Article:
My heart goes out to Nancy Taylor who at age 86 must spend her remaining years in heartbreak.

ROBERT TALLARICO

Grand Junction


Welcome to leadership, Cory Gardner

Sen. Cory Gardner, R-Colorado, announced at CPAC that he is co-founding the bicameral Roosevelt Conservation Caucus to develop market-based solutions to environmental problems. I applaud his leadership. Faced with a daunting challenge like climate change, we need strong voices, bold vision, and thoughtful policy proposals from across the political spectrum.

For too long, Republicans in Congress have ceded the issue to Democrats, creating an imbalance as Americans seek out politically and economically viable solutions. Lack of robust Republican engagement has also created a leadership vacuum as young conservatives worried about climate change seek a trustworthy and welcoming political home base for the fight of their lives.

Conservation is a conservative value. Teddy Roosevelt showed us that a hundred years ago. Now Cory Gardner takes up his mantle. Welcome to the fray, Senator. Welcome to leadership.

KATHY FACKLER

Citizens' Climate Lobby

Durango


A silver lining in the age of internet privacy concerns

My wife and I recently returned home to Grand Junction after spending most of February in Tucson.

Going thru the stacked up phone messages one stood out from the rest.

This message was from a lady in Aurora informing us that she was in possession of a document, a U.S. Marine Corps Honorable Discharge and DD-214 form, that she thought might belong to me.

It was, in fact, my long lost Honorable Discharge that has been missing for some 44 years, going back to to 1975.

At the time we rented a condo in south east Denver and in March of that year I was promoted by my company and transferred to southern California.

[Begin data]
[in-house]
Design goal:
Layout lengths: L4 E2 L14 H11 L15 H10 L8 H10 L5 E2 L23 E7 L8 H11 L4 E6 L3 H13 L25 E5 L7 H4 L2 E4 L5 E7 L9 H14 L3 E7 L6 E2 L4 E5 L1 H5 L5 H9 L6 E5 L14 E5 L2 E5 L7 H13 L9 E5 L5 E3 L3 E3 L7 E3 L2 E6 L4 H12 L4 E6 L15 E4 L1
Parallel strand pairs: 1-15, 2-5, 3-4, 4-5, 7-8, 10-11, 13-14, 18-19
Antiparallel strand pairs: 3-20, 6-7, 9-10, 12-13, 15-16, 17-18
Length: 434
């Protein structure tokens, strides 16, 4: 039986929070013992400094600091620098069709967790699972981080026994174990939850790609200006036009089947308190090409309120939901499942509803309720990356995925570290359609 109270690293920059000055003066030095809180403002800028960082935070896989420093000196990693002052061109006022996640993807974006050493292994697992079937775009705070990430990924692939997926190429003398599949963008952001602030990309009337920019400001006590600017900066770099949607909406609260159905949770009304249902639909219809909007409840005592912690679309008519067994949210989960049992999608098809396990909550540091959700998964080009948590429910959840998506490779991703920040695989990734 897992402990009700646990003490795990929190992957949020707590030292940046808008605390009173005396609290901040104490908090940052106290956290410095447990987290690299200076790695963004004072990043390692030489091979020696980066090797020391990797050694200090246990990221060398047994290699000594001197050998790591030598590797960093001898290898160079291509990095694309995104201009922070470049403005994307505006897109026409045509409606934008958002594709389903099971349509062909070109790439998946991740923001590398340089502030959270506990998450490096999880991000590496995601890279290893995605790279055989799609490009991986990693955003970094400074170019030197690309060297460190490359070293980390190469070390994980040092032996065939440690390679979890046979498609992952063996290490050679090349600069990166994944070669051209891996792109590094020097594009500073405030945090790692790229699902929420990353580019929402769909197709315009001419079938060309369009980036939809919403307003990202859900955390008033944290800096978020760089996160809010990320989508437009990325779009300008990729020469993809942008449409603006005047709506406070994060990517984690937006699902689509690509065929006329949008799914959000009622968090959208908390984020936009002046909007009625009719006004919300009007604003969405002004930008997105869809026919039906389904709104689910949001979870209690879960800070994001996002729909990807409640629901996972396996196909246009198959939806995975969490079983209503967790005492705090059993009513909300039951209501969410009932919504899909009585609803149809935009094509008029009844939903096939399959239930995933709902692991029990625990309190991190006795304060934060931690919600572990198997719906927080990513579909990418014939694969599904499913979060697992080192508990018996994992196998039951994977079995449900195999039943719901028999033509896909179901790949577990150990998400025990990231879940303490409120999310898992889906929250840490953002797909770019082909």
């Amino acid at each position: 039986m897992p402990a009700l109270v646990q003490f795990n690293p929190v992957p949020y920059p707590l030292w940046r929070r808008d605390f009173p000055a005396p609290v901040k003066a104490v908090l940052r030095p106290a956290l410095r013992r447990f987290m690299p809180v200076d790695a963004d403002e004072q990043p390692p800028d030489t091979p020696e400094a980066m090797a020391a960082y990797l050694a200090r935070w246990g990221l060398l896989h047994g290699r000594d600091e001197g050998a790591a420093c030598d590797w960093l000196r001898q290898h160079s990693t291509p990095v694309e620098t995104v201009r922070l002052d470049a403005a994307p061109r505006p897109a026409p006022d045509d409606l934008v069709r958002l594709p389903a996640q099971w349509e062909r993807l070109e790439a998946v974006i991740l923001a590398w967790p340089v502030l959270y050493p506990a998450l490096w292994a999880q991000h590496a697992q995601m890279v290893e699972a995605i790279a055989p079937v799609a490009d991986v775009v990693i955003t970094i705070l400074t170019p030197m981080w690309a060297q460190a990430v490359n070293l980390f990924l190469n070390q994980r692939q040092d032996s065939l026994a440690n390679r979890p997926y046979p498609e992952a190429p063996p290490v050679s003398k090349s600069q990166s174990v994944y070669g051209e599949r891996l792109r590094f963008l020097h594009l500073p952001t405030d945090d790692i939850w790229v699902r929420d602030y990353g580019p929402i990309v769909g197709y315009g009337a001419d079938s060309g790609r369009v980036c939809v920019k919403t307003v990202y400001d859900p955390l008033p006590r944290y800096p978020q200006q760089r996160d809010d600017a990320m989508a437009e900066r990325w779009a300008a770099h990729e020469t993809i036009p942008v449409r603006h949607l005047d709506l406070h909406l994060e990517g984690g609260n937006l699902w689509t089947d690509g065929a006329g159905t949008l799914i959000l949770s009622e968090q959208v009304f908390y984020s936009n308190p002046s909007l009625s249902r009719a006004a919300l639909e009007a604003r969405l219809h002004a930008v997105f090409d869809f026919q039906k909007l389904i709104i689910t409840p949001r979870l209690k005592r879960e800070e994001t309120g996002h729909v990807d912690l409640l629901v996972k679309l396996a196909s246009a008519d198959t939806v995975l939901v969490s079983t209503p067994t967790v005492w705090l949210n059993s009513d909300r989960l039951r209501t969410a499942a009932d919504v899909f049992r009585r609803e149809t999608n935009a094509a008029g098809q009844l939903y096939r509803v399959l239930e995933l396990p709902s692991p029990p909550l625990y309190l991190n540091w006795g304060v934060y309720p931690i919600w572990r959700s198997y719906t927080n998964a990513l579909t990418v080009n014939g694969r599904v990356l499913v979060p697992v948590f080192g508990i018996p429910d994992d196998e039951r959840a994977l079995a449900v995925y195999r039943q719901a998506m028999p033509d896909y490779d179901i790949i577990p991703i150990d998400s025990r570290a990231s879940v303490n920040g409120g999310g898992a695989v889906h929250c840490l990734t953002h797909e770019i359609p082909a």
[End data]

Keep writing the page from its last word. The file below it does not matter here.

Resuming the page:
It was during this move that the document was lost, having apparently fallen behind a drawer and overlooked.

We spent a year in southern California and were transferred yet again, this time back east to Connecticut.

With all the moving many of our boxes were left unpacked and it was assumed that my Honorable Discharge was in one of those boxes.

At some point in this interval the new tenant, the Aurora lady, living in our former rental condo in Denver, found my Honorable Discharge papers.

However, back in those days we didn’t have Google search so the papers were set aside or filed away.

Like many people I’m not comfortable with all the data collected, mostly from public sources, on Individuals (including myself) that exists out there in cyber-space.

In this instance my somewhat unusual name (hyphenated) and the fact my DD-214 form had my date of birth made the sleuthing somewhat easier.

To the extent my current address and telephone number, readily available on the internet, allowed this very nice lady in Aurora to contact me.

So there is a silver lining, of sorts, to all of this personal data available on Internet search engines.

My long lost U.S. Marine Corps discharge papers, in excellent condition, arrived in the mail today.

PAUL CURRIE-MILLS

Grand Junction


Much hinges on Mueller investigation's findings

Bob Mueller's investigation is irrelevant because it's based on the FISA Court's Steele Dossier. It was bought by Clinton Foundation money.

If Mueller's investigation falls short, everything he releases is bogus. If Mueller's investigation gets it right, the shoe will be on the other foot.

The FISA judges were duped and therefore Mueller was given a fool's errand. If Mueller doesn't figure it out, the national conflict will escalate this Uncivil War for Accountability.

FRED STEWART

Grand Junction


Thanks to BOCC for supporting Nordic trails

Grand Mesa Nordic Council (GMNC) sincerely thanks the Mesa County commissioners for their recent grant of Conservation Trust Fund monies in support of the Nordic Council’s trail grooming operations at Skyway and County Line ski areas.

GMNC is a non-profit organization formed in 1990 by local people who love to participate in Nordic sports on the Grand Mesa. The core of its mission is grooming and maintaining 31 miles of cross-country ski trails on Grand Mesa for public use. These trail systems — open to the public without trail fees — foster an appreciation of the outdoors while improving the health of our local communities.

GMNC operates under a special use permit issued by the U.S. Forest Service. GMNC relies entirely on voluntary memberships, contributions, and grants to cover annual operating costs. We are grateful to County Commissioners Scott McInnis, John Justman, and Rose Pugliese for their support of our funding needs for the 2018-2019 winter season (for more info about GMNC, go to www.gmnc.org).

TERRI STRIGHT

President, Grand Mesa Nordic Council